Immune Cell Differences Must Be Considered in Epigenetic Age

Epigenetic age is most commonly measured via blood sample, assessing the epigenetic markers of immune cells in that sample. Unfortunately the present mainstream epigenetic clocks will provide different ages for different immune cell populations. This leads to meaningful variation in assessments of the same individual, because different cell populations might be present in somewhat different proportions in each blood sample. We might also question which of the cell populations provide the most useful epigenetic age when it comes to responsiveness to interventions that might slow or reverse aspects of aging. This is a well known problem at this point in the continued development of epigenetic clocks, but there is as yet little consensus on what to do about it.

Aging is a significant risk factor for various human disorders, and DNA methylation clocks have emerged as powerful tools for estimating biological age and predicting health-related outcomes. Methylation data from blood DNA has been a focus of more recently developed DNA methylation clocks. However, the impact of immune cell composition on epigenetic age acceleration (EAA) remains unclear as only some clocks incorporate partial cell type composition information when analyzing EAA.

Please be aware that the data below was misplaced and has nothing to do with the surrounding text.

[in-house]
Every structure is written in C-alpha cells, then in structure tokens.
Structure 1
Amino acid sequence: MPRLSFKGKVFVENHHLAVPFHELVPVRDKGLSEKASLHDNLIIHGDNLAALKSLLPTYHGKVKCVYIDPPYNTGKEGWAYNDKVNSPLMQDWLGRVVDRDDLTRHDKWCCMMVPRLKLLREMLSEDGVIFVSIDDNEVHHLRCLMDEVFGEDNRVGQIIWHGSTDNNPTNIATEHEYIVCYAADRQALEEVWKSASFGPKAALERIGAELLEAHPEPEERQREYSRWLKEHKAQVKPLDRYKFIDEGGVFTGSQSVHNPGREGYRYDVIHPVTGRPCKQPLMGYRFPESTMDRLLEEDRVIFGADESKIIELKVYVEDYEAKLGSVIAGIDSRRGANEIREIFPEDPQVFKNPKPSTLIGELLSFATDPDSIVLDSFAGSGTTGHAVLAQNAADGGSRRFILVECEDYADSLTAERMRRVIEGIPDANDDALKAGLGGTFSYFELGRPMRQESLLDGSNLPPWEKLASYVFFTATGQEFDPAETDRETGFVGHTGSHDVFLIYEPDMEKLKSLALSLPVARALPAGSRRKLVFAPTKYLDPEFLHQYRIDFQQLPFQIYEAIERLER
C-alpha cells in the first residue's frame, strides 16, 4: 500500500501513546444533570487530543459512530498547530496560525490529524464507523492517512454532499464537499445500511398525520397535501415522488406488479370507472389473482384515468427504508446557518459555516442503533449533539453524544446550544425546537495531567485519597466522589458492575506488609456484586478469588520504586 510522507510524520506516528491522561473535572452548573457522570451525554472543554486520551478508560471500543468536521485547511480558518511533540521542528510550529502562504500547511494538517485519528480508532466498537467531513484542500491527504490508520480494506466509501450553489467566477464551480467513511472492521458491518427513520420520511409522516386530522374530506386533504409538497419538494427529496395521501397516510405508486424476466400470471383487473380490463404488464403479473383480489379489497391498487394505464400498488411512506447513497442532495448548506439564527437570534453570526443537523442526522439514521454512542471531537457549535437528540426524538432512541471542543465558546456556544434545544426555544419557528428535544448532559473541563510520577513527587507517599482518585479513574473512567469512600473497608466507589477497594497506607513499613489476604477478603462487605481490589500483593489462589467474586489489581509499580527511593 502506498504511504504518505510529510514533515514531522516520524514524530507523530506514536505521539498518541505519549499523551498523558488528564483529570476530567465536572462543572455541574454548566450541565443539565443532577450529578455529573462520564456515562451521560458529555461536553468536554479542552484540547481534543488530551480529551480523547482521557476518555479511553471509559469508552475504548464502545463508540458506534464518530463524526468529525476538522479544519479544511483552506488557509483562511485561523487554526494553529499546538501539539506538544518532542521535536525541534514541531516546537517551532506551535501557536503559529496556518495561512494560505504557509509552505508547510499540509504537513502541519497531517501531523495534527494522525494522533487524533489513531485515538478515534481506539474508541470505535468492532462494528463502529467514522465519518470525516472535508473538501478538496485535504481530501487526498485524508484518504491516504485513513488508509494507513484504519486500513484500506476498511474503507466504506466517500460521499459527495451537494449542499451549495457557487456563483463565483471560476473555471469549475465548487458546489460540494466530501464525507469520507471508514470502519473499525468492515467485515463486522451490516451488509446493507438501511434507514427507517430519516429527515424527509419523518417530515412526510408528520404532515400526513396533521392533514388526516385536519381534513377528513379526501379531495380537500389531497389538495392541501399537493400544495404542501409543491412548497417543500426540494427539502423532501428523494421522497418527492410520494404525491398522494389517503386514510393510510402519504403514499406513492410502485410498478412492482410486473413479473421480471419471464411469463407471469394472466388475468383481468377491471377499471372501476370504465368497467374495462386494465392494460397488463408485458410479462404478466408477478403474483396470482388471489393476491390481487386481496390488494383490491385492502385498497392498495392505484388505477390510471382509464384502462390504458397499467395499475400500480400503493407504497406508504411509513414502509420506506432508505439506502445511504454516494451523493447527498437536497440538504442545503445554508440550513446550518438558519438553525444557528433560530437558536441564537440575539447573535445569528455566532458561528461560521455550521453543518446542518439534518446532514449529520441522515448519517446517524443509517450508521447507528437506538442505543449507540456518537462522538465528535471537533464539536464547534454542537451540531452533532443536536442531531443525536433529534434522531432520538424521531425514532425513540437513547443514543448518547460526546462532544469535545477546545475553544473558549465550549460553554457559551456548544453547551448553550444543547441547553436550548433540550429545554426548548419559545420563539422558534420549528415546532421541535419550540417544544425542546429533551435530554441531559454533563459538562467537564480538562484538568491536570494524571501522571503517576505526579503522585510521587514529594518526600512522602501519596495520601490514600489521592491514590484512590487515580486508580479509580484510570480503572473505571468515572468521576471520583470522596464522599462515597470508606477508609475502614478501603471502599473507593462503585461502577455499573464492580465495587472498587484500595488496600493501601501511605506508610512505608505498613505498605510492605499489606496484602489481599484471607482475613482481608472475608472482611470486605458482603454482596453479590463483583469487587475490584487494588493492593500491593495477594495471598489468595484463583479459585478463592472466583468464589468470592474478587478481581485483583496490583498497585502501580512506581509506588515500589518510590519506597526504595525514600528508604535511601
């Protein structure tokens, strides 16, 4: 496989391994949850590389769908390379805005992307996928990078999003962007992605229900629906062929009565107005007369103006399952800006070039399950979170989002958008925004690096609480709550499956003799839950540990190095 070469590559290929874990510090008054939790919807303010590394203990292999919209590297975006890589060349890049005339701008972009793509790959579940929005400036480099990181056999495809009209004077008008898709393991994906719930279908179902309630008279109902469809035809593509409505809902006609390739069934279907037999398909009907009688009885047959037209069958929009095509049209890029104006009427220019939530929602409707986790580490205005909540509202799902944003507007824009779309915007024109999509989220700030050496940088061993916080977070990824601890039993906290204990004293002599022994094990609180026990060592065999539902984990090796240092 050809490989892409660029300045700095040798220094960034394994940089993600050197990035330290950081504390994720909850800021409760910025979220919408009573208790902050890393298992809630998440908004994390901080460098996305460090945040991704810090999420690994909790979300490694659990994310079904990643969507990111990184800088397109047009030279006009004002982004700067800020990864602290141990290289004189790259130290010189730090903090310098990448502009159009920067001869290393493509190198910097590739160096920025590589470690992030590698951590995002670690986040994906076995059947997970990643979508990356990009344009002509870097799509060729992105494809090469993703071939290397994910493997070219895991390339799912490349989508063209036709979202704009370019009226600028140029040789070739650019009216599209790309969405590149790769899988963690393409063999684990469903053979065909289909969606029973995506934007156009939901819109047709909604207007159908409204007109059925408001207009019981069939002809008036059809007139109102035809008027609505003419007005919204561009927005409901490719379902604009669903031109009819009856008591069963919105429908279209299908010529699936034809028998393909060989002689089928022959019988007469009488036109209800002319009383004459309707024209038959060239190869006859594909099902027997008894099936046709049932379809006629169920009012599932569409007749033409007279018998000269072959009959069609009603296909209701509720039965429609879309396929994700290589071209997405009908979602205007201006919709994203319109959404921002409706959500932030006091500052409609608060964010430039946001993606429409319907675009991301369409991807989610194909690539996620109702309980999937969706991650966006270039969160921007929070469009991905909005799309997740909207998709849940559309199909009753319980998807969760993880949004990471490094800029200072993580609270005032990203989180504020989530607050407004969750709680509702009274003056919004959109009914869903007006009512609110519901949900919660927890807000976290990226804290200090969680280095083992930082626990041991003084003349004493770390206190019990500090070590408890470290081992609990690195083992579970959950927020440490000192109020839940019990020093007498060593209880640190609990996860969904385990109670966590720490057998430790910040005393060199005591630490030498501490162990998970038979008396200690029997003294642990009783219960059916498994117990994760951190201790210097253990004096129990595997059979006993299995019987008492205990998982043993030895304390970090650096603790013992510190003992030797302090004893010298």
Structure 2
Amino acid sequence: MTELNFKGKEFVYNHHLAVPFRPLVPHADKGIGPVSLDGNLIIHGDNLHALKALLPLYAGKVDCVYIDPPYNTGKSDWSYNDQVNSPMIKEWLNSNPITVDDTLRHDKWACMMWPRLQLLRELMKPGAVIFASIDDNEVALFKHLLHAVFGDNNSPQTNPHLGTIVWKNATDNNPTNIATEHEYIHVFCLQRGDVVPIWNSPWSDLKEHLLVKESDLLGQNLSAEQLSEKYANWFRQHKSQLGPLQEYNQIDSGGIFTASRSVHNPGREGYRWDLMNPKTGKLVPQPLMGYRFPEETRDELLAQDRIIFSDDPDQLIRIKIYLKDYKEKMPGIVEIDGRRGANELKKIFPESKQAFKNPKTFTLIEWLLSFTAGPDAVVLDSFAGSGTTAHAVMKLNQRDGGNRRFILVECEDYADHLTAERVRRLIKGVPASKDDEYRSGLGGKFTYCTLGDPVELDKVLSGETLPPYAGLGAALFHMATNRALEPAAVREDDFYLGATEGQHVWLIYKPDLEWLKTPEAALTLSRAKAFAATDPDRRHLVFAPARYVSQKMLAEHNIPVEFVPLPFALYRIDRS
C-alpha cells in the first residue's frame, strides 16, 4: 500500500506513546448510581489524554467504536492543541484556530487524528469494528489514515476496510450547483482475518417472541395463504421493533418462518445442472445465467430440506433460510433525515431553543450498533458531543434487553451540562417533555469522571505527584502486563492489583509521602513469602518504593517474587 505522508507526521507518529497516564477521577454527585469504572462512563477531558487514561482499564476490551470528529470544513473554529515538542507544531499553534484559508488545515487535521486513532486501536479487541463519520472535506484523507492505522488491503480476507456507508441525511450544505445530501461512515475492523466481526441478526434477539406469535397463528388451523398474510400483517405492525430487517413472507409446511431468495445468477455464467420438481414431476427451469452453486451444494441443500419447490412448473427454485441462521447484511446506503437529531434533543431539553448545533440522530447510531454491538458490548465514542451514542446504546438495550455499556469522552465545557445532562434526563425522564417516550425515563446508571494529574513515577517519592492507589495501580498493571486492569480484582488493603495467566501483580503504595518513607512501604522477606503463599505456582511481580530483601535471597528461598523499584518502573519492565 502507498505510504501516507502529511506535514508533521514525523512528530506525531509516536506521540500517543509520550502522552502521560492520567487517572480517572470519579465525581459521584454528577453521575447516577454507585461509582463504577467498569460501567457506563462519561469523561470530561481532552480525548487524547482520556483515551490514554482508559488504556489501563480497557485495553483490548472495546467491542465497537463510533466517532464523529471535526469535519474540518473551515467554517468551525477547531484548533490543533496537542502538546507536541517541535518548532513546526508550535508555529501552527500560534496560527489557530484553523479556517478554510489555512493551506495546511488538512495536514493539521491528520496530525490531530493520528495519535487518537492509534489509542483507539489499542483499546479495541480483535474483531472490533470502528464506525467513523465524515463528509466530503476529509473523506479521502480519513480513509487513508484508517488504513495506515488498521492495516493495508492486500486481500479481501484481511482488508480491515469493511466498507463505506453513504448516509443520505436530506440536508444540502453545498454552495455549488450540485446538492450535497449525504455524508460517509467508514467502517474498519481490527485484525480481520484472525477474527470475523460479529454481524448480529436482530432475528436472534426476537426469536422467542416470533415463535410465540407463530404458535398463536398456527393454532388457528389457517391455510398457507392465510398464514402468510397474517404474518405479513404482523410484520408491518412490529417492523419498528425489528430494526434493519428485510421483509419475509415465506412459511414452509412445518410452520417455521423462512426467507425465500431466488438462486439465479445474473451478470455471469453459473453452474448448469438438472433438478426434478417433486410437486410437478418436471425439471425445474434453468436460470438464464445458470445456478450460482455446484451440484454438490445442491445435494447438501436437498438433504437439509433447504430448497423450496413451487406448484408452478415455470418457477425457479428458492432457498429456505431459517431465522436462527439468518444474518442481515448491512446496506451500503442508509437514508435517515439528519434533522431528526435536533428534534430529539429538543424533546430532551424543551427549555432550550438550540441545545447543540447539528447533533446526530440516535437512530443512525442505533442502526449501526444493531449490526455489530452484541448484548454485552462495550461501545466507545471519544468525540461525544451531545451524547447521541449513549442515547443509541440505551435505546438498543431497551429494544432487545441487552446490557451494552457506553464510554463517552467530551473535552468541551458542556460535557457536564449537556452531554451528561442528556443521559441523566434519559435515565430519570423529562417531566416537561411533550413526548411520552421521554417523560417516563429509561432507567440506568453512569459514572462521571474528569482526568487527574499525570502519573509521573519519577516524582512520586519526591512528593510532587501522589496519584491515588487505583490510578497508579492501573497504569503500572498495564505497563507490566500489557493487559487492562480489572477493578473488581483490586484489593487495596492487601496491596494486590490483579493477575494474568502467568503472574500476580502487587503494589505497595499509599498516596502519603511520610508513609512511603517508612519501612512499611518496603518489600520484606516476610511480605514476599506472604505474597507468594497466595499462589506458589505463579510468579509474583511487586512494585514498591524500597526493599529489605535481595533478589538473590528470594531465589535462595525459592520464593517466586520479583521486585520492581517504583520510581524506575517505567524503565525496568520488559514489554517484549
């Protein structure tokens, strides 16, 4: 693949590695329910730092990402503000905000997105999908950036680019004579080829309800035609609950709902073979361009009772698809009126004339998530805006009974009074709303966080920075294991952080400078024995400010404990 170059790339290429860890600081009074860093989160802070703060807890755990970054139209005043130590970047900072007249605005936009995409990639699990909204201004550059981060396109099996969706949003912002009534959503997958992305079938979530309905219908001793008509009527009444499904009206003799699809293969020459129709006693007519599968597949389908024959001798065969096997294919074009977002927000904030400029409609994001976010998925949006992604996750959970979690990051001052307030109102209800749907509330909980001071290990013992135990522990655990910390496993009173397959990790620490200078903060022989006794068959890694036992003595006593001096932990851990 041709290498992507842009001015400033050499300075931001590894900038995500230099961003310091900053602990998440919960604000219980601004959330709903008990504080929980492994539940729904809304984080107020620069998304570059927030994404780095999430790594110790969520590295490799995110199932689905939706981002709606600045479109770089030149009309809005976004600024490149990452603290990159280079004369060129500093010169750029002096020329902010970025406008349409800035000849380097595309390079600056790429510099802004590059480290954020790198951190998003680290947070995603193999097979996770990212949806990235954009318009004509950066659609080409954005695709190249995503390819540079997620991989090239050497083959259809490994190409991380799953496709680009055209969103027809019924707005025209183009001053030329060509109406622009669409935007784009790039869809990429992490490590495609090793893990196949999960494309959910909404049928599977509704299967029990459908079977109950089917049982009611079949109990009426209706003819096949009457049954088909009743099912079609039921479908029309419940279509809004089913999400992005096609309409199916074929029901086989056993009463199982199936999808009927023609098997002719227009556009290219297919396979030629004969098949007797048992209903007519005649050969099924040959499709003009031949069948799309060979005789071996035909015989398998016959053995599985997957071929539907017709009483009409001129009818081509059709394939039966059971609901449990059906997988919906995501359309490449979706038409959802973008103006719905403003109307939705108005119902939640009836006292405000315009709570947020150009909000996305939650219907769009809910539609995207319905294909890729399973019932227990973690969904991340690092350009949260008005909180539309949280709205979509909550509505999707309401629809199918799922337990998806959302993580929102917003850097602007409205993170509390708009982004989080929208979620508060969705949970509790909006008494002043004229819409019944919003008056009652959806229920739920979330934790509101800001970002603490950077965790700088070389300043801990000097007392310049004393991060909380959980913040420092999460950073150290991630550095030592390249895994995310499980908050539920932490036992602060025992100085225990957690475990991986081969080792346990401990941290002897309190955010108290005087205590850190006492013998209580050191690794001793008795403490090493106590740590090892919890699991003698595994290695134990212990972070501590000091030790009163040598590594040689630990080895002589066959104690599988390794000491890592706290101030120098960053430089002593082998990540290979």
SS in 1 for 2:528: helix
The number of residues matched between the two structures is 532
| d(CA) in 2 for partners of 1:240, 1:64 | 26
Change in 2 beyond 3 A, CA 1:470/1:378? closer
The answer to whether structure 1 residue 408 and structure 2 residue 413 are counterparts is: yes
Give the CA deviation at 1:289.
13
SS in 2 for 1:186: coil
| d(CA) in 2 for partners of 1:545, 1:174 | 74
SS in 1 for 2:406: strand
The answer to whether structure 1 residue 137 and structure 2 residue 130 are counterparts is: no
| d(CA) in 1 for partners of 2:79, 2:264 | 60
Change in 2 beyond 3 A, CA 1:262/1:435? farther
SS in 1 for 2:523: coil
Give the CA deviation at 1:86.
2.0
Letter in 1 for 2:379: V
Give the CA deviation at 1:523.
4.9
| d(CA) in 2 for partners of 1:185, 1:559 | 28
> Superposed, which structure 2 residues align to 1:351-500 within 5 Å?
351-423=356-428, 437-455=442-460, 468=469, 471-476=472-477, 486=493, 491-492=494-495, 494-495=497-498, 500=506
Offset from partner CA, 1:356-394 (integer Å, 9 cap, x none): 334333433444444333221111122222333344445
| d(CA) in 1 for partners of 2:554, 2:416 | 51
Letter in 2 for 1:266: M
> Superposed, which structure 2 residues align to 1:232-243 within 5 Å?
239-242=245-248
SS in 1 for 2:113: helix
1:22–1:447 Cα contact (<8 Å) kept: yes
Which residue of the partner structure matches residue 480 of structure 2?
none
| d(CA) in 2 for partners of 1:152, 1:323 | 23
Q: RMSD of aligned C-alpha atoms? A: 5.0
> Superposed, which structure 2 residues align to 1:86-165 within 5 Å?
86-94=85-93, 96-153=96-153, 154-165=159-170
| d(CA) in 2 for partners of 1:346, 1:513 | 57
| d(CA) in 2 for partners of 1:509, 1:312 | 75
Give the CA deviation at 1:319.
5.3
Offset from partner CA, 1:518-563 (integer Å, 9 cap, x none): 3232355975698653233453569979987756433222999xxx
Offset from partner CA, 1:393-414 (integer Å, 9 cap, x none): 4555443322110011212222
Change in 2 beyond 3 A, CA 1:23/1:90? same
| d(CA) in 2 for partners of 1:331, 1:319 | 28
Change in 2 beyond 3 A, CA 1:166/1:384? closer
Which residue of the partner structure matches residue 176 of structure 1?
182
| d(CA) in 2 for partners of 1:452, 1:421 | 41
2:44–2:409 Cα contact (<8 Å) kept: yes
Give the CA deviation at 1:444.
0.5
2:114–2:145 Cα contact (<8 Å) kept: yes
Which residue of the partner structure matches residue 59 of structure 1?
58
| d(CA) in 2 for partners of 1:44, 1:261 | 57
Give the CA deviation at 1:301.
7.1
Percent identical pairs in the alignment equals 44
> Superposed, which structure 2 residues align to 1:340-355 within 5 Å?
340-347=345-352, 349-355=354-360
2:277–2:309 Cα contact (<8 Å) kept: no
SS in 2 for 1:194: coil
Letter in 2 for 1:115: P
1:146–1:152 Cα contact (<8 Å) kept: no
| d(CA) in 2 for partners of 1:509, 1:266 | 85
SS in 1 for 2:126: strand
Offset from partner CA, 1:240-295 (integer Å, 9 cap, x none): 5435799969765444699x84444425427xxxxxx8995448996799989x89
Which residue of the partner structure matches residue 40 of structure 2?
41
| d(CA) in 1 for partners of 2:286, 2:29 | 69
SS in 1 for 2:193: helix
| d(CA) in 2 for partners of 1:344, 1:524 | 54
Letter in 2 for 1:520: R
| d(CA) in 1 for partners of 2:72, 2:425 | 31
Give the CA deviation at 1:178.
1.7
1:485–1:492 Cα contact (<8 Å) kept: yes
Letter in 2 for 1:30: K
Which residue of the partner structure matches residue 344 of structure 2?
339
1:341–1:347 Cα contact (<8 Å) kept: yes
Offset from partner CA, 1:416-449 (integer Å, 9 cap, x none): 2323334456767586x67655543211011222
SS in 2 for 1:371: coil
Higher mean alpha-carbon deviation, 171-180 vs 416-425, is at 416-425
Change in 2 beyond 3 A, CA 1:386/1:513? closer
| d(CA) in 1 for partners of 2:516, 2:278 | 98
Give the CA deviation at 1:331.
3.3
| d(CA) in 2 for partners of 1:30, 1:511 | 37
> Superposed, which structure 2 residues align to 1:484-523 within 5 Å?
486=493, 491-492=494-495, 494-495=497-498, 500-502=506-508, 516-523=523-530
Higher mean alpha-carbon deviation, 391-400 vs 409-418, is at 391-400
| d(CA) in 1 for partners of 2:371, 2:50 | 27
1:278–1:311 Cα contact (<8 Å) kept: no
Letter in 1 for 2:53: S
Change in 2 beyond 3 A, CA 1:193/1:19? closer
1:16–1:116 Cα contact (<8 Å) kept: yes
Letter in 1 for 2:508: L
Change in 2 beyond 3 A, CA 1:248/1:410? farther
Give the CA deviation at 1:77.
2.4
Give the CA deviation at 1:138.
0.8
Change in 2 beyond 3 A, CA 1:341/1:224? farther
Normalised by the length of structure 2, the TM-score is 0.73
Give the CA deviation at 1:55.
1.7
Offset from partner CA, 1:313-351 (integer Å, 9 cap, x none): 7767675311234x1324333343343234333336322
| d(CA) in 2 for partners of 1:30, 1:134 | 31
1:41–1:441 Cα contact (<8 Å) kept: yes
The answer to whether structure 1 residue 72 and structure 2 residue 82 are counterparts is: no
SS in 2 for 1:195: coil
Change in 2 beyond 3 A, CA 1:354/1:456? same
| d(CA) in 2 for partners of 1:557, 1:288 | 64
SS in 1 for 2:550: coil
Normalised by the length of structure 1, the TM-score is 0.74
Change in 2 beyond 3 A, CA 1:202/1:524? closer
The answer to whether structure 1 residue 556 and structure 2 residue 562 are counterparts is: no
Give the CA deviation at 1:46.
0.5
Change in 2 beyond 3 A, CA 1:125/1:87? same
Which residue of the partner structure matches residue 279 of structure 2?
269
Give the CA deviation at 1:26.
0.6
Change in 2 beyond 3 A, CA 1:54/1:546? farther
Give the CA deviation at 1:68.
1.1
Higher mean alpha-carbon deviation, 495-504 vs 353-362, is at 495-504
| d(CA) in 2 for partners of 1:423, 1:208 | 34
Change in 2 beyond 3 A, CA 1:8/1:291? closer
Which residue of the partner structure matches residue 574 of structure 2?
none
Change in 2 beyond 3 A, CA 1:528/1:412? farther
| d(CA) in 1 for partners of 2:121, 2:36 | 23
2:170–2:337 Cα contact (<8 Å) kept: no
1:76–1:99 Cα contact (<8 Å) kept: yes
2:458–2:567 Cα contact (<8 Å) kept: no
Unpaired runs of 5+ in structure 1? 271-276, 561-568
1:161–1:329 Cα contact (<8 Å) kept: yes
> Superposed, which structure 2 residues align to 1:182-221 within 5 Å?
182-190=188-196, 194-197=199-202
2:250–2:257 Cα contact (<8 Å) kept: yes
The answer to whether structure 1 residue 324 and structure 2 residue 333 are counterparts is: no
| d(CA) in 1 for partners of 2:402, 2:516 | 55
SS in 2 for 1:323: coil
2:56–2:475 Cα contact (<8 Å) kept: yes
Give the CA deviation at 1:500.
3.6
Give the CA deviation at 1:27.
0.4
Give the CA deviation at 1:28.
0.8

We investigated associations of 12 immune cell types measured by cell-type deconvolution with EAA predicted by six widely-used DNA methylation clocks in data from more than 10,000 blood samples. We observed significant associations of immune cell composition with EAA for all six clocks tested. Across the clocks, nine or more of the 12 cell types tested exhibited significant associations with EAA. Higher memory lymphocyte subtype proportions were associated with increased EAA, and naïve lymphocyte subtypes were associated with decreased EAA. To demonstrate the potential confounding of EAA by immune cell composition, we applied EAA in rheumatoid arthritis.

Our research maps immune cell type contributions to EAA in human blood and offers opportunities to adjust for immune cell composition in EAA studies to a significantly more granular level. Understanding associations of EAA with immune profiles has implications for the interpretation of epigenetic age and its relevance in aging and disease research.


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